All this was happening while relationships were being formed and strengthened. Actually, isn’t that what it’s really all about?
So, after four days, I came home, unpacked, washed my clothes, repacked and headed off to my second retreat. This time it was at a hotel and resort center.
I roomed with a dear friend whom I have known since sixth grade. We joined 85 men and women for another four days of quilting heaven.
Yes, I said men! We have men in this group that quilt and they are wonderful. That is one of the great things about the art of quilting, it is very inclusive.
So how do 85 people quilt together? Well, first they take over the entire Ballroom with tables, sewing machines, irons, ironing boards and design boards. It was a tight fit, but we made it.
We nearly drowned in fabric, scraps and thread. But thanks to the hotel staff that vacuumed every night, we kept our heads above water.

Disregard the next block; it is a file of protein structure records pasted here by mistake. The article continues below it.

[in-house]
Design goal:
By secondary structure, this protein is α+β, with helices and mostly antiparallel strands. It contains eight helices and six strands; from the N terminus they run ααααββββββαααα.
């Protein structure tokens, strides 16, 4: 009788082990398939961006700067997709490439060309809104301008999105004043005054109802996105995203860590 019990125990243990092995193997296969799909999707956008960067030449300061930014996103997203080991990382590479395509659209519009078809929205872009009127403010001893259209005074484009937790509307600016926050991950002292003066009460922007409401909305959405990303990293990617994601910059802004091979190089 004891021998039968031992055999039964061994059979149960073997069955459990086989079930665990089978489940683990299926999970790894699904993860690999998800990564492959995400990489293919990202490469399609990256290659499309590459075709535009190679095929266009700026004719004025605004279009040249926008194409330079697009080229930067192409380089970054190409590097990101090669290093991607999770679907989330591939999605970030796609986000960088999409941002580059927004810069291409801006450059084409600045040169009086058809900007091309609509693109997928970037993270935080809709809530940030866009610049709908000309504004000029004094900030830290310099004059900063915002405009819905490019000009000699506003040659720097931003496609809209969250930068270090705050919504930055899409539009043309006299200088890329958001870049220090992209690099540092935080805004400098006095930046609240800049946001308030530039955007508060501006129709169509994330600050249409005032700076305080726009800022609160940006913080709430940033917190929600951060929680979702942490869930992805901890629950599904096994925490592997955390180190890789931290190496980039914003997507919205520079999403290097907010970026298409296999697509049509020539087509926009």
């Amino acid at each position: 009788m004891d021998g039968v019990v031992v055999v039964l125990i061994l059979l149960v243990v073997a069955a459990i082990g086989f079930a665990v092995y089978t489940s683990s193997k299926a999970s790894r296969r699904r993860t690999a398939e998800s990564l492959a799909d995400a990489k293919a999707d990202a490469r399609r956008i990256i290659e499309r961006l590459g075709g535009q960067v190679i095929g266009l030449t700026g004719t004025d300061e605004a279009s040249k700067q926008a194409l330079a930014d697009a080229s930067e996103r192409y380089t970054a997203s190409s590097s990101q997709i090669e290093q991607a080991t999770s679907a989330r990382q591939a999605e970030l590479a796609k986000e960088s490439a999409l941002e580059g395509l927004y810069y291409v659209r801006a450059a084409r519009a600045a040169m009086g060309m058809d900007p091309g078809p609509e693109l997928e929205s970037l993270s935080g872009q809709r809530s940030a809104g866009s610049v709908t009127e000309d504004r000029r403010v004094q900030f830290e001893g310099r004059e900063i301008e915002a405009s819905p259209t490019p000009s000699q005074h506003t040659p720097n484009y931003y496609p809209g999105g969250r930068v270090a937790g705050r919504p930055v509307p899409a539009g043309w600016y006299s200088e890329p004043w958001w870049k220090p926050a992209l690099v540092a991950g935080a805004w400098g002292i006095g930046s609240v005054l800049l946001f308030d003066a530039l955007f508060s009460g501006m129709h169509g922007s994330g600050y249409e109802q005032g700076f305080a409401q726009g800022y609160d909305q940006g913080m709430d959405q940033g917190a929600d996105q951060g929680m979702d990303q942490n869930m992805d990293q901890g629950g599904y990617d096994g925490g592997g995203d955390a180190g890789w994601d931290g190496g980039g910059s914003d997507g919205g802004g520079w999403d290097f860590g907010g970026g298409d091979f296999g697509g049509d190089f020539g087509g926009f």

I have never seen such a flurry of activity anywhere in my life. It looked like mayhem, but was controlled work, in actuality. Again the quilts began to appear almost immediately.
The creativity and beauty I saw was amazing. It just kept coming, from every corner of the room. From young and old (Our oldest quilter is 89!). From skilled to newbie alike, the results were wonderful, spectacular.
Now I’m home again with my two finished quilt tops, one quilt bound and one quilt started. I got a lot accomplished, renewed friendships, met some new friends, ate very well, laughed until it hurt, learned some new tips and shared some others.
In other words, I had a perfect two weeks. The hardest part now is getting used to cooking again. Ugh!!!